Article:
MANHATTAN (CN) – Six months after Governor Andrew Cuomo restored the voting rights of 35,000 New Yorkers on parole, the New York City Council met Wednesday to focus on drumming up awareness.
“This is a wonderful step forward,” Councilman Fernando Cabrera, who chairs the Committee on Governmental Operations, said Wednesday. “For it to work, we are going to need to do a tremendous amount of public education.”
Keith Powers, chair of the Criminal Justice Committee, emphasized meanwhile that the council’s duties toward those with prior convictions includes ensuring “not only [that they] know about their voting rights, but have meaningful access to the polls.”
To these ends, lawmakers have proposed three bills, and the council’s Governmental Operations and Criminal Justice Committees heard testimony regarding the legislation today for over two hours.
“Simply put, there is a lot of confusion about voting eligibility for people with criminal convictions,” said Eric Friedman, assistant executive director for public affairs at the New York City Campaign Finance Board, in written testimony to the council.
The first bill on the table, introduced by Cabrera, calls for a coordinated system of guidance for city agencies to make “specialized efforts to increase registration and voting.”
In another bill, Councilman Rory Lancman called on the city’s Department of Correction to distribute a written notice on voting rights, as well as a voter-registration form, to formerly incarcerated people upon their release.
In the third piece of legislation, Councilman Rafael Salamanca Jr. calls for the Department of Probation to provide people with a written notice of their voting rights at probation intake.
“It is their right to vote and they need to know that,” Salamanca said, according to a statement read by Cabrera on behalf of the absent lawmaker.
Among those who testified at Wednesday’s hearing were New York City Department of Probation Commissioner Ana M. Bermudez; Jorge Fanjul, a senior adviser for Mayor Bill de Blasio’s DemocracyNYC initiative; and New York City Department of Correction Deputy Commissioner Michael Tausek.
“The people we work with must be able to imagine their lives and futures differently than they do now,” said Bermudez, citing a report from the Brennan Center for Justice, which found that civic engagement lessens the likelihood that people will end up behind bars.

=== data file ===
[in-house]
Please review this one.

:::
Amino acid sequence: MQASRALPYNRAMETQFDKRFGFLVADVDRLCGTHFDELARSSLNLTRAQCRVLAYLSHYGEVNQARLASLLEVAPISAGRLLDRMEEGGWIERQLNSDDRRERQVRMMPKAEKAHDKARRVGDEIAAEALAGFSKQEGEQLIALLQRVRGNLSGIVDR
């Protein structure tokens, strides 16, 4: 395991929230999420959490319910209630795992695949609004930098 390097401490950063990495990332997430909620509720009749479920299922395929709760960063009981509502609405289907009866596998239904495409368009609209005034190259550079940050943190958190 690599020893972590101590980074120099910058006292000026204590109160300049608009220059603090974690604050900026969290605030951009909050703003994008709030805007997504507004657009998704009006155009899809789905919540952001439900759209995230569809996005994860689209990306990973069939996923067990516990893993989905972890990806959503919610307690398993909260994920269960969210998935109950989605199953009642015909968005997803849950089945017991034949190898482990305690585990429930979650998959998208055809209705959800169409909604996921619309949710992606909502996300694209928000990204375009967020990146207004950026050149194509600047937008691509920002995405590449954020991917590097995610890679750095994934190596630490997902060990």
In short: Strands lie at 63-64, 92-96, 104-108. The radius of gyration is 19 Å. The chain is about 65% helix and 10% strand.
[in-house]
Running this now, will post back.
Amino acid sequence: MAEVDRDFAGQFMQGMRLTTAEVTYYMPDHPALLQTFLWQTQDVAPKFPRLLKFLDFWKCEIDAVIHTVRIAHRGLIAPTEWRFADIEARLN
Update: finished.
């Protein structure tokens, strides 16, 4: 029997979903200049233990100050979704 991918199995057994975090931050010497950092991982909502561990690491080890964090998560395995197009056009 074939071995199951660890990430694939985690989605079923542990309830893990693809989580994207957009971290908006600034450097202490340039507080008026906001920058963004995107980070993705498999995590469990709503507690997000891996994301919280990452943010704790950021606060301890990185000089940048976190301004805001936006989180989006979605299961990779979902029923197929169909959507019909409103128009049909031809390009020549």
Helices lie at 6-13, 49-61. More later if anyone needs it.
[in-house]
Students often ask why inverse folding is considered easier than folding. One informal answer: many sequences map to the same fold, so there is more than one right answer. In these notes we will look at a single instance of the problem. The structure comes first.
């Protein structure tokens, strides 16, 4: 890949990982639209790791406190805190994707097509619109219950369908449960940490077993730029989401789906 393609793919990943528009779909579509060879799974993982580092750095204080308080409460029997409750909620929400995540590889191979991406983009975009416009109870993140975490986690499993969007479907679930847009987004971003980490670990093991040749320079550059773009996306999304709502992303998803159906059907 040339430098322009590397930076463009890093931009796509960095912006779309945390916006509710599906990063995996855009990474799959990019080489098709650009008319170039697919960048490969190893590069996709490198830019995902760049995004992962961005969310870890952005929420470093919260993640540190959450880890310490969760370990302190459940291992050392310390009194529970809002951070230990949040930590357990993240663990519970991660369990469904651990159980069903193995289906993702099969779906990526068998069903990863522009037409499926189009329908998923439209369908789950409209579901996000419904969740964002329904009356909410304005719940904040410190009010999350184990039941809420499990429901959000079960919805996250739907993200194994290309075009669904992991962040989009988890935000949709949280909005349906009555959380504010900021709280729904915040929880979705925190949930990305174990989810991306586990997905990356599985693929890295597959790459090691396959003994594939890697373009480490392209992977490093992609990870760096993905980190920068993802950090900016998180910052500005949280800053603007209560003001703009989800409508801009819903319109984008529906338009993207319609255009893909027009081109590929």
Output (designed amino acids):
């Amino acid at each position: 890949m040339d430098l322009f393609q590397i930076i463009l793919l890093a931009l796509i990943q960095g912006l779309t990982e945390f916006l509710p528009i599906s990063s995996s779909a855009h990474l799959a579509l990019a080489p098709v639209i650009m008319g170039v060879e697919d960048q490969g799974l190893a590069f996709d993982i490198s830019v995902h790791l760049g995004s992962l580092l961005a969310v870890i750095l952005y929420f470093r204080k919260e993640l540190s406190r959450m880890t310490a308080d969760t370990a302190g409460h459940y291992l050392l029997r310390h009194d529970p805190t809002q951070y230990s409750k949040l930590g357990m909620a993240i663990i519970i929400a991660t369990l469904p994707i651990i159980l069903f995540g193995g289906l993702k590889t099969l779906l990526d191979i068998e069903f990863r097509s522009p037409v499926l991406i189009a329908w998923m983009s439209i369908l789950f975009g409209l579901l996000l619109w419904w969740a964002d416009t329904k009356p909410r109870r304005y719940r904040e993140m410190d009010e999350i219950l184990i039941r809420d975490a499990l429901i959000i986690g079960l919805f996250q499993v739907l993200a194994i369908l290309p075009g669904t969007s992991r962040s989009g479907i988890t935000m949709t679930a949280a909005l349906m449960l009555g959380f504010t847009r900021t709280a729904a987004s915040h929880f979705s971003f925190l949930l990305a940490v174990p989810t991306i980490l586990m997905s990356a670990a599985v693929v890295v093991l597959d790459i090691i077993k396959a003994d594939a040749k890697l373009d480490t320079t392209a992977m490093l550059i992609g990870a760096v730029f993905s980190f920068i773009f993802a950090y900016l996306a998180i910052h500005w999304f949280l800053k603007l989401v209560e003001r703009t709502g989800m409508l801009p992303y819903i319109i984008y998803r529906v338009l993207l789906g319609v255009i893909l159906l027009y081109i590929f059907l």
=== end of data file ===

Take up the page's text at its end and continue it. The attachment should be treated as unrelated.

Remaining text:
“Bringing people into the political process makes them stakeholders, which helps steer [them] away from future crimes,” Bermudez said, quoting the study.
Tausek testified meanwhile that the Department of Correction provides voting information in English and Spanish in “high-traffic areas” such as law libraries and intake centers. Though the proposed bill would require information distribution at “an additional point,” discharge, Tausek said his department could do it.
Wednesday’s hearing followed separate efforts this summer by Mayor de Blasio’s office and DemocracyNYC to increase voting access in city jails, the most famous of which is Rikers Island. The vast majority of the Rikers population has not been convicted of a crime, but simply cannot afford bail.
The Legal Aid Society partnered in the Rikers effort this summer. Legal Aid deputy communications director Redmond Haskins said in an interview Wednesday that it’s “a big deal” for the City Council to get involved, thoguh much of the authority on voting issues lies with the state.
“This is a big step,” he said. “[The city] making an effort to inform folks who were incarcerated of their voting rights — I don’t know how robust that was in the past.”
A felony conviction is disenfranchising in all but two U.S. states. Only Maine and Vermont allow people to cast ballots from prison.
Cuomo’s office note that voting restrictions on former convicts disproportionately affects New Yorkers of color: 71 percent of parolees whose voting rights in New York are now restored are black or Hispanic.